BUFFALO, N.Y. (WKBW) — Buffalo Manufacturing Works, the Buffalo Billion-funded organization that provides R&D services to Western New York manufacturers, has designed what it confidently describes as a medical-grade equivalent procedural face mask.
While it’s under evaluation by the federal government, the design is now on the National Institutes of Health open-source design exchange so that anyone from across the country can apply it to their own manufacturing effort in response to the global pandemic.
It’s the result of a month of exhaustive work by Buffalo Manufacturing Works’ team of engineers - but it’s not quite the end result they had hoped for.
“Our hope was to have it at a point where [the design] was fully being manufactured first,” said Matt Malloy, Project Engineer at Buffalo Manufacturing Works.
For the past five weeks, the team has been working with Buffalo-based manufacturers*, along with designers and innovators from across the country to create a scalable prototype. It’s a 3D printed, reusable, washable, sealing mask with a replaceable filter component. However, multi-pronged efforts to ramp up production were stifled for a number of reasons, including the painstaking - yet fruitless - effort to secure funding.
“Unfortunately I think the lesson learned is [we as a society] have to have a mechanism to flow dollars faster to do non-traditional response to crises like this,” said Nadine Powell, Operations Manager at Buffalo Manufacturing Works.
Powell and others have been working “high level contacts” to find funding from government, private and philanthropic sources while they await federal feedback. The money, they say, is needed to help their supply chain partners and technical partners minimize the opportunity-cost associated with re-tooling manufacturing operations and continuing R&D or production.
“Existing grant systems are not calibrated to give that immediate one-week turnaround grant for specifically this [type of work],” said Alex Mcleod, a consultant at Deloitte who, alongside her fiancé and national security innovator Jay Long, spearheaded the effort to connect Buffalo Manufacturing Works with R&D partners and manufacturers.
Long, a former Operations Officer with the US Army, calls the time horizon for government grant processes during times of crises “lethal.”
“Until you have money in at the scale needed to produce you can’t buy input supplies, you can’t put your people against making this stuff,” said Long.
Governor Cuomo’s office did not respond to our requests for comment.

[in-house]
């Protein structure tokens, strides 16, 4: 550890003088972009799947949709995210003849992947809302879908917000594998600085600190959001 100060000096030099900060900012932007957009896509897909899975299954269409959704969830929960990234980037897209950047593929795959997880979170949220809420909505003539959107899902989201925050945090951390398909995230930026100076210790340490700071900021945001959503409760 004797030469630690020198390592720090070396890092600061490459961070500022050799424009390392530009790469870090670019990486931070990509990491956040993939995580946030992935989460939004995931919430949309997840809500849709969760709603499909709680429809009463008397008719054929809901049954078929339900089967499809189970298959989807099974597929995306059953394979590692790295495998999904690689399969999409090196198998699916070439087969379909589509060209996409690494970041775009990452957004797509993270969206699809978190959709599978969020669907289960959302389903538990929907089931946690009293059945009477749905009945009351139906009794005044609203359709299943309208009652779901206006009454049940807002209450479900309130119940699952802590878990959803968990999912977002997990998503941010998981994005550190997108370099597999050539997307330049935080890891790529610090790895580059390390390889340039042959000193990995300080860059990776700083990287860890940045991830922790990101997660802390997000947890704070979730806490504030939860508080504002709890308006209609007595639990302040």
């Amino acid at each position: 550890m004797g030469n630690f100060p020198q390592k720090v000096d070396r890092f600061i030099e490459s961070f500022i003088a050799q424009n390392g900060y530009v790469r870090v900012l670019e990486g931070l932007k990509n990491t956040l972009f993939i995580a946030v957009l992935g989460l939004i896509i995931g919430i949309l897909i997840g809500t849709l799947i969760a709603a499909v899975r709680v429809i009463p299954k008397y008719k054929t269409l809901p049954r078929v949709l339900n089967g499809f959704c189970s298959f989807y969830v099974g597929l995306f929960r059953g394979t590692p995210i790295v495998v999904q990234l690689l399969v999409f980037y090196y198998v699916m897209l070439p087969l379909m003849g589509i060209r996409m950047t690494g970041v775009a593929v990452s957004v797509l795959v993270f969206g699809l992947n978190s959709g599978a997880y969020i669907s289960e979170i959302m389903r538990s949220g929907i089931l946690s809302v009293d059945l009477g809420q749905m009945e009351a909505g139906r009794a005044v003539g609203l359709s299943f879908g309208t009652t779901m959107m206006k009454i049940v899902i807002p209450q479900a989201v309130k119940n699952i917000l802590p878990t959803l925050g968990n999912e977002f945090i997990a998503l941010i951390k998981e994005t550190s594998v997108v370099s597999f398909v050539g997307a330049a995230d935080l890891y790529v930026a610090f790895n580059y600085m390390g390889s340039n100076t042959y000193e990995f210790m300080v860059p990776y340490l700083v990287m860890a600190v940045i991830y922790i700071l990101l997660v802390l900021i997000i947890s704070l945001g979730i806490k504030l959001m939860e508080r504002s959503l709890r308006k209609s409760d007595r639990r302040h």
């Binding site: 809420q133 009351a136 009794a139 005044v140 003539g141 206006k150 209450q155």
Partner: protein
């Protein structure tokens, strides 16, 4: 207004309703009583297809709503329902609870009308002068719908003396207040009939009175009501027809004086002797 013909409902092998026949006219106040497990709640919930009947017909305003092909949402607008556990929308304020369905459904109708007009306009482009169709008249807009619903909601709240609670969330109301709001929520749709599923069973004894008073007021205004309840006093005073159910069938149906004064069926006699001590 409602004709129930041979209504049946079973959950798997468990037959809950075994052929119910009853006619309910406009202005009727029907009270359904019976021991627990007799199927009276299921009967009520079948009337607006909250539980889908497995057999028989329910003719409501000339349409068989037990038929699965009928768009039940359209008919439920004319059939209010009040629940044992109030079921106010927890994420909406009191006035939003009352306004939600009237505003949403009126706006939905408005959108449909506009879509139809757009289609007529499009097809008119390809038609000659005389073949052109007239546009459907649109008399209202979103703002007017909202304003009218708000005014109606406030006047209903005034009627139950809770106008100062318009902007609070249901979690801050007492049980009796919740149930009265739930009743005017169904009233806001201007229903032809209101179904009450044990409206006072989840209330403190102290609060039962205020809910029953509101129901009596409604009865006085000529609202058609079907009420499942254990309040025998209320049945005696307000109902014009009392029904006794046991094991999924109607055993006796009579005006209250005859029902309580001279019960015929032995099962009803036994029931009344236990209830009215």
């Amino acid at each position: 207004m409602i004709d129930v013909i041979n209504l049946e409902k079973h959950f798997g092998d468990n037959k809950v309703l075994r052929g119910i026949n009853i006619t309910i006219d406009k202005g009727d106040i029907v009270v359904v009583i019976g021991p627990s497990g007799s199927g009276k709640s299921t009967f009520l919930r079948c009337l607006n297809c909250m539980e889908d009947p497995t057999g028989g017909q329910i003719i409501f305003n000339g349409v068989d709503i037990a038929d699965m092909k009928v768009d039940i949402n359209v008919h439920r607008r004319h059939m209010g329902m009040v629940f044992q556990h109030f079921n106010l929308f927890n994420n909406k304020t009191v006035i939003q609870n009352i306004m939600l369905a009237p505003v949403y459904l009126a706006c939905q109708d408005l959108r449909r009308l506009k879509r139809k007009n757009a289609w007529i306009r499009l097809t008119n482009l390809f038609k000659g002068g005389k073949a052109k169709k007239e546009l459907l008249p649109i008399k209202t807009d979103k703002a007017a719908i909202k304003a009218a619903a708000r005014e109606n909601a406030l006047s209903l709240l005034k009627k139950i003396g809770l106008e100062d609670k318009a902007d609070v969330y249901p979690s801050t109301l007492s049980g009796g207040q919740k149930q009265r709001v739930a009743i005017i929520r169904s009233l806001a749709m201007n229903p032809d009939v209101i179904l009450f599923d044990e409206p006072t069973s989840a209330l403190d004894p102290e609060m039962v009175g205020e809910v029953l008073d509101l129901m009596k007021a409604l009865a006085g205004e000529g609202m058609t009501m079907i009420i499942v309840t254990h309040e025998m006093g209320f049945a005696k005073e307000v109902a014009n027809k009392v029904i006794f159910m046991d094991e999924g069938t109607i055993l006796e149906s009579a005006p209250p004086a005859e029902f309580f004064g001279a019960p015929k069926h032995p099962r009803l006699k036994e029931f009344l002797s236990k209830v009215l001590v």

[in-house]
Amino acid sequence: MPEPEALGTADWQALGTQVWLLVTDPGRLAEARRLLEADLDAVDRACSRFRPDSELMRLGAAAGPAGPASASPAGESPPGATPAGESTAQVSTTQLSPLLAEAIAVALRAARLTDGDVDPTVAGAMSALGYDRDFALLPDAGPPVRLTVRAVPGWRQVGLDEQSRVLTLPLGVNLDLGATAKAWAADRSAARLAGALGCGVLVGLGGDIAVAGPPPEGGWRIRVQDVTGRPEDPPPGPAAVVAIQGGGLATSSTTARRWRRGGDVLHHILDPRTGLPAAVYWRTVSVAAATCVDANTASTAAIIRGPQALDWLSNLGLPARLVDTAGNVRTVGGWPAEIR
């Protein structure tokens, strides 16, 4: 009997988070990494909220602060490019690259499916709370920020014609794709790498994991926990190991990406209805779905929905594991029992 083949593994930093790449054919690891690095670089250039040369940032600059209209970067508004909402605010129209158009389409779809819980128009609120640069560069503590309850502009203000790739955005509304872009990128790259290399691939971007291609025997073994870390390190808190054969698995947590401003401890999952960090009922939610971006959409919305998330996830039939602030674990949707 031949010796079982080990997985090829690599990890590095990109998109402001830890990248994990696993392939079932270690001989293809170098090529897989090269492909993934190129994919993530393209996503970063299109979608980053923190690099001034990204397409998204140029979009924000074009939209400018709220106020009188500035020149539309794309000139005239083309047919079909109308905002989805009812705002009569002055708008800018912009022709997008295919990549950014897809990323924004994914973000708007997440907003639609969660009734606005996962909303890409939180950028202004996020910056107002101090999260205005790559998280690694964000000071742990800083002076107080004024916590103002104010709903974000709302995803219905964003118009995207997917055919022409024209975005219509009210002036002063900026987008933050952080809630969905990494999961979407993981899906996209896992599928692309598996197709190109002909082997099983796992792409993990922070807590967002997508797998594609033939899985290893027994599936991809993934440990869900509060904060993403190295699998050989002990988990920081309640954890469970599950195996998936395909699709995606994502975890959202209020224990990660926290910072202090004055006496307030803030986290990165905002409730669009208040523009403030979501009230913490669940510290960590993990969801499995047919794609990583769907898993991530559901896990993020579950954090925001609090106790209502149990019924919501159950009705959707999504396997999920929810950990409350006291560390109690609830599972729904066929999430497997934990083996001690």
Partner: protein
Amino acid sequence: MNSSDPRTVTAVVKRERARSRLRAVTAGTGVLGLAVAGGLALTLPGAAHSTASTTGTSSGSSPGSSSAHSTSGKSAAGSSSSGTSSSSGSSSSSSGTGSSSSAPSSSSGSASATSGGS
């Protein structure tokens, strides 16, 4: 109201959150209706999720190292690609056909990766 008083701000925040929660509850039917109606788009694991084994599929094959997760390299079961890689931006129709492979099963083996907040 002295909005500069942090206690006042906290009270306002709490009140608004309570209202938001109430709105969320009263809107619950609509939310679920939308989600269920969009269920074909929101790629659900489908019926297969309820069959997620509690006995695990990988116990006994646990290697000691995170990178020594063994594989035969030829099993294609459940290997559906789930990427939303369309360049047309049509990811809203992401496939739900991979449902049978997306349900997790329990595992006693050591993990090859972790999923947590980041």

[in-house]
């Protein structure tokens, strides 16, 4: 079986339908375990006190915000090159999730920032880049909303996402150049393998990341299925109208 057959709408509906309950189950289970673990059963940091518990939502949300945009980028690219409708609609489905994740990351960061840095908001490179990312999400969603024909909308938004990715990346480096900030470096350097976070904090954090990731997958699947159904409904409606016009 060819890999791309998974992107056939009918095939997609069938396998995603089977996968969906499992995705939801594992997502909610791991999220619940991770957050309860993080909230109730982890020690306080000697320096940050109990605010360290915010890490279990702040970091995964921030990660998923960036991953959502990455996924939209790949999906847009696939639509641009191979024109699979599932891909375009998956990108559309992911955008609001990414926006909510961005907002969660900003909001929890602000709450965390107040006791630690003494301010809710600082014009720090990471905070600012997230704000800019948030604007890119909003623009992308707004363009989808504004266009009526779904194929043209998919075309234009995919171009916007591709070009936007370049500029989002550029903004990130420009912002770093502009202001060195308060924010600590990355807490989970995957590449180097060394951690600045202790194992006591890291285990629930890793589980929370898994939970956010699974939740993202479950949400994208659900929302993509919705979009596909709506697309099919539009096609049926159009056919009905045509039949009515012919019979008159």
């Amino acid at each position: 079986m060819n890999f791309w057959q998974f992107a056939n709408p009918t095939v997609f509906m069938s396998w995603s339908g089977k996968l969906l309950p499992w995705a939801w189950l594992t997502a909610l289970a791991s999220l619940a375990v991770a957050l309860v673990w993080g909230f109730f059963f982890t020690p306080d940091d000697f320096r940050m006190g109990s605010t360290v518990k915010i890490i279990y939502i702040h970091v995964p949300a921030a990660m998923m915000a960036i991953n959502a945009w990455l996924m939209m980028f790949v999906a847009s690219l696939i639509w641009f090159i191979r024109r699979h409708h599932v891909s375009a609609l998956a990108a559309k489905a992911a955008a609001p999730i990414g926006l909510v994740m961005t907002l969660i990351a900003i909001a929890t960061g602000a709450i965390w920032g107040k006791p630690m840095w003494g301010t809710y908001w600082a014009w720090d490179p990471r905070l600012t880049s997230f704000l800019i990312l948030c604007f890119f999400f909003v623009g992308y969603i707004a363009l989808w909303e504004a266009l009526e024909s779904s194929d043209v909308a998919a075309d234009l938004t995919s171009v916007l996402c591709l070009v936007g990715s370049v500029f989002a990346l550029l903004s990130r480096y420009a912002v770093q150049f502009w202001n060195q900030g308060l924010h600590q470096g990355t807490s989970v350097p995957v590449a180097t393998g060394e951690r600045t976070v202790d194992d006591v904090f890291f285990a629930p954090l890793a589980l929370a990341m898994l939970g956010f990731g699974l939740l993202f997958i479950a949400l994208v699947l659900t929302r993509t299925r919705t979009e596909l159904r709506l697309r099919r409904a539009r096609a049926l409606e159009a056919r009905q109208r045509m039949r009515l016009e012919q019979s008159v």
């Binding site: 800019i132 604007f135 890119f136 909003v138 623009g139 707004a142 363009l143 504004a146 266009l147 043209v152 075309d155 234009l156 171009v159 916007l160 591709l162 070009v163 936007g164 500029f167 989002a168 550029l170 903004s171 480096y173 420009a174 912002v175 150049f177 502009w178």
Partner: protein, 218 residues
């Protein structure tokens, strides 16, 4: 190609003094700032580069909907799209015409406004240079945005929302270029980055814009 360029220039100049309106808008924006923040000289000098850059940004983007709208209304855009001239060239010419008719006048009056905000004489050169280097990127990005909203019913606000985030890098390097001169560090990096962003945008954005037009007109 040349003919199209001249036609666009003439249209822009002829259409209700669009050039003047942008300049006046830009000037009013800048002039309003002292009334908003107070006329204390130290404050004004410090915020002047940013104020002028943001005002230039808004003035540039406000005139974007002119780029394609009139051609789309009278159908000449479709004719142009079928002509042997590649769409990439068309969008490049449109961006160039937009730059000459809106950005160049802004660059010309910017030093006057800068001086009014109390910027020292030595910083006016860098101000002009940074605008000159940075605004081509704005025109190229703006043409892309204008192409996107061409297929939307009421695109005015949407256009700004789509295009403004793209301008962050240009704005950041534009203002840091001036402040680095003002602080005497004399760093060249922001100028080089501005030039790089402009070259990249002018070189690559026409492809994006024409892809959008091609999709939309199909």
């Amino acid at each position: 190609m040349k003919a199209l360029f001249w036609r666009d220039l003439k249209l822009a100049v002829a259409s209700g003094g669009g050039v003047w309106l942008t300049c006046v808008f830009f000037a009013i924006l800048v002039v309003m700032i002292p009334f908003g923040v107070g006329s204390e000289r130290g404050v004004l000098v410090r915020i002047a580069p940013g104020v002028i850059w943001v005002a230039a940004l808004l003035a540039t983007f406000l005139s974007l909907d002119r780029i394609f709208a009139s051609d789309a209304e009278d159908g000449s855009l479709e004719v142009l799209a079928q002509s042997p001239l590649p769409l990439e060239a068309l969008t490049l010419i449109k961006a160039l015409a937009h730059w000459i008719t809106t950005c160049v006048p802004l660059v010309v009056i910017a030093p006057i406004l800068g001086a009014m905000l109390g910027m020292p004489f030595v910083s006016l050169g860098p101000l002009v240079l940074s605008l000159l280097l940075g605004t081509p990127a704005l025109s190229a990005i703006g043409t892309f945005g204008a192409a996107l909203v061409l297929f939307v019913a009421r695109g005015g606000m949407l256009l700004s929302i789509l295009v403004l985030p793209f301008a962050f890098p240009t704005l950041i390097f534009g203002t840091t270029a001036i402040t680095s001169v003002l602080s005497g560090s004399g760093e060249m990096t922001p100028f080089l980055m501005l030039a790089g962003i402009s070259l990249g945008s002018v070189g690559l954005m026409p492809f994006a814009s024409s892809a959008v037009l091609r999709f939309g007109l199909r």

Although they have not yet been able to scale the production of their face mask, the tireless efforts of Buffalo Manufacturing Works and their partners has culminated in a highly-technical design that can be used by any maker or manufacturer around the world.
The open-source exchange website where the design lives is administered by the National Institutes of Health, which is collaborating with the Food and Drug Administration and Veterans Affairs’ Veterans Health Administration to “facilitate regulatory and basic science innovation with 3D printing technologies to respond to COVID-19.”
“For all the makers out there doing great things, everything we can do to help them accelerate their efforts and minimize opportunity cost in turn allows them to do more for their communities, and so our hope is that this will help meet that need,” Long said.
An open source platform provides products and product designs for use or modification by any developers who access it. It can inspire creativity and innovation, and solve solutions that one company or organization might not be able to tackle alone.
"It takes it from one team working on it to basically sharing it with the world," McLeod said.
Mcleod says she and Long are "blown away" by the speed at which Buffalo Manufacturing Works was able to work with other makers to innovate a design. She hopes medical manufacturers locally and nationally will take that design for their own COVID-19 response effort.
*Buffalo Manufacturing Works collaborated on the mask prototype with companies including Harmac Medical Products, Curbell Plastics, Apple Rubber, BMP, Sealing Devices, Rolite Manufacturing Inc., Seal and Design, MOOG, and Praxair.